Let’s take a flight of fancy and assume that money is no object.

“If you are really serious about recording music the best way possible, you’ll need a separate engineer in an isolated room with a separate console. It’s really the best way to get amazing mixes.”

We know that not every house of worship has a professional staff.  What’s your advice for the church with a semi-pro crew?

 “Any mix is only going to be as good as the sound person behind the board. If you have only one good audio tech, I wouldn’t spend $100K on a separate recording room. I’d spend my money on educating some of the other audio volunteers. I’ve heard mixes from the simplest of setups that blew away the recordings done by multi-thousand dollar remote recording rooms, because they had a better sound person.”

What separates good recordings from great ones?

“The biggest key to a good recording is making it sound like you were there.
Start with a good, clean, balanced mix of all the instruments. It’s not uncommon in a smaller building to have six or more additional mics on instruments that aren’t even going to the house speakers. They’re just for the recording setup that I described before.

Now that you’ve built a good mix with whatever system you’re using, here are some additional suggestions:
  1. A mix straight off the board will never sound completely live because it is getting a tight sound directly from the instruments. You need to add back in some ambience with audience and/or ambience mics. Remember, audience mics are a spice: add too much and it sounds unnatural. Get a good mix of the instruments first and then add in just enough audience so that listeners know that they’re there. I usually start my recording with the audience mics considerably back in the mix. I wait until the middle or end of the first song to decide how much I need. That gives me a few minutes to make the mix as clean as possible before adding the spice.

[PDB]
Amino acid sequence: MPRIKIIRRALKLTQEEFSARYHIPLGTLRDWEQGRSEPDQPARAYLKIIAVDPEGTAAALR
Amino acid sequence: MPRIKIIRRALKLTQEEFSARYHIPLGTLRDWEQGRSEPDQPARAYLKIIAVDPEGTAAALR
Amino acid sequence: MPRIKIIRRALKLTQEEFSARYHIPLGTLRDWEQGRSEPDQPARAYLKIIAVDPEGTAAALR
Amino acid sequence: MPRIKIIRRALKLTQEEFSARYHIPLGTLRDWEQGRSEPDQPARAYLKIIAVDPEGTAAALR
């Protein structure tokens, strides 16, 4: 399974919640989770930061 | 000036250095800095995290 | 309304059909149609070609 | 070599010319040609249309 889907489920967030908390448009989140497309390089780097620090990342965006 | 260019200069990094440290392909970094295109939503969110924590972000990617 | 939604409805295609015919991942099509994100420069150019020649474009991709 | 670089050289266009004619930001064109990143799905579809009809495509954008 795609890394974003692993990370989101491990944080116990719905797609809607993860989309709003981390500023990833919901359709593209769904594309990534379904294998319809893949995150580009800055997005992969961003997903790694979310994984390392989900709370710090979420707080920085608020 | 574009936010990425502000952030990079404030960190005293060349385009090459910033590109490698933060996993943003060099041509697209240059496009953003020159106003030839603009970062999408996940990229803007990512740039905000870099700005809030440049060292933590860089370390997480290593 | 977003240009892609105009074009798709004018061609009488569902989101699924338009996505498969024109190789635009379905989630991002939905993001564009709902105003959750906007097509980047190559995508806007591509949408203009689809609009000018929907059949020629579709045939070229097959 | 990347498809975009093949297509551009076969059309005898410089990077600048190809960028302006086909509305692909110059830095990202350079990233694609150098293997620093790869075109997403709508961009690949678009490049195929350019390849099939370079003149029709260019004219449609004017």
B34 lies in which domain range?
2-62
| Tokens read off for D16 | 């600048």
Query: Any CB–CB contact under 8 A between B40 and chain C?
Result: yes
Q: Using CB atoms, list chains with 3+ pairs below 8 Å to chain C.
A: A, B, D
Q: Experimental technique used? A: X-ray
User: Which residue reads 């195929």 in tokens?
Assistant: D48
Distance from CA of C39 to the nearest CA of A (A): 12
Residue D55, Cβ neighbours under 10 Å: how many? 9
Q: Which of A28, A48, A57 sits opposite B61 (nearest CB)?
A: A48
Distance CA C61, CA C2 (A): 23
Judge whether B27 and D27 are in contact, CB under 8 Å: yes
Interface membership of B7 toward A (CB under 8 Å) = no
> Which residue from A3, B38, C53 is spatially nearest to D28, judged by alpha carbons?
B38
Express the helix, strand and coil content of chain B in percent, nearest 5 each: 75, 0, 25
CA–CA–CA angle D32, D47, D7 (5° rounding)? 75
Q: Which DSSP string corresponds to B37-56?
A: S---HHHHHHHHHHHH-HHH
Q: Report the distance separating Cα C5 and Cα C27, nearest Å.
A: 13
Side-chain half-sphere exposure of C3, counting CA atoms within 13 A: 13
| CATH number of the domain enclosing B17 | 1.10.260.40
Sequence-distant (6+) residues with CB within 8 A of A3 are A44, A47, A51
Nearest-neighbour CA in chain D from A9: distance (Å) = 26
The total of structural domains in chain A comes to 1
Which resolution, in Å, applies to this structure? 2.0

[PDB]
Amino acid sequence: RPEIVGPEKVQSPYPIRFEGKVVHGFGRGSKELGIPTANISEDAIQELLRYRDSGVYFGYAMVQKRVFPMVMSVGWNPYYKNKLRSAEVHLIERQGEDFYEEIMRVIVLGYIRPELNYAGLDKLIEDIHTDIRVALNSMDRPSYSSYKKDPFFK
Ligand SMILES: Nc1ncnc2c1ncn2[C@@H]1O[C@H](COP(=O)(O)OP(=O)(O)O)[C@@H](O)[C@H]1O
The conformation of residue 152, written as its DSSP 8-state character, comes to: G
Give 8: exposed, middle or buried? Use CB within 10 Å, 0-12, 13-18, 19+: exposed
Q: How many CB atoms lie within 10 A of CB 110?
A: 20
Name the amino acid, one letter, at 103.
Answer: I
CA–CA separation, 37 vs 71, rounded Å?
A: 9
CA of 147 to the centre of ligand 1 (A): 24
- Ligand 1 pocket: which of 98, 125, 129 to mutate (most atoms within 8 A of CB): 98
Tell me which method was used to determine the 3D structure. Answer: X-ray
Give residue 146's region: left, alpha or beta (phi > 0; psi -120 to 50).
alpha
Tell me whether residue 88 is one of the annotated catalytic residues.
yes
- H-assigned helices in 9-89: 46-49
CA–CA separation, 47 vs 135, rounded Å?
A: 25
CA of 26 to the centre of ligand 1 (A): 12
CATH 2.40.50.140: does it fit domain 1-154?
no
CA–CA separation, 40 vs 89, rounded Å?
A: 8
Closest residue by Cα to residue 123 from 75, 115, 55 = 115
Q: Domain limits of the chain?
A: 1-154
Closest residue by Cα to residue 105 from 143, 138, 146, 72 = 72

2. Also of note it’s best to EQ out as much of the low frequencies as possible in these mics.  If I have a variable High Pass filter on my soundboard, I may set it as high as 200Hz.  If you only have a button, engage that, and then take your low frequency shelf filter all the way down.  This lets the warmth of your dry mix come through without muddying it up with a bunch of low mush that the ambient/audience mics are picking up.
  3. If you have a stereo aux send then definitely do the mix in stereo and feel free to pan stuff around. Your brain loves to hear things with space in between and around it and stereo audience mics are always going to sound more real. They really add a sense of dimension to the mix.  If you have a little more budget available, the Shure VP88 is one of my favorite stereo mics. Either way, when you add more than one audience mic to the mix be sure to pan the hard left and right so that the listener gets that natural sense of space. “
Final thoughts?

“Live worship recording is an art and a science. It begins with a celebration of faith – the goal is capturing that experience in a form that can be share with the world.”

About John Mills:  John is a 20-year veteran of live sound. He’s toured with some of the biggest names in Christian music – Chris Tomlin, Shane and Shane, Lincoln Brewster and Paul Baloche and is currently on a summer tour with Kenny Chesney and Tim McGraw.  John writes regularly for Worship Musician and is a great resource for church tech teams with helpful advice on his TechTraining101.com website.  We’re also crazy about John because he says things like this: “I don’t want to turn around one day and look to see what I’ve accomplished in my life and realize that it was only running good sound at this or that concert. I remember promising God when I first started that if he allowed me to use my talents at this, I would be faithful to share that knowledge.”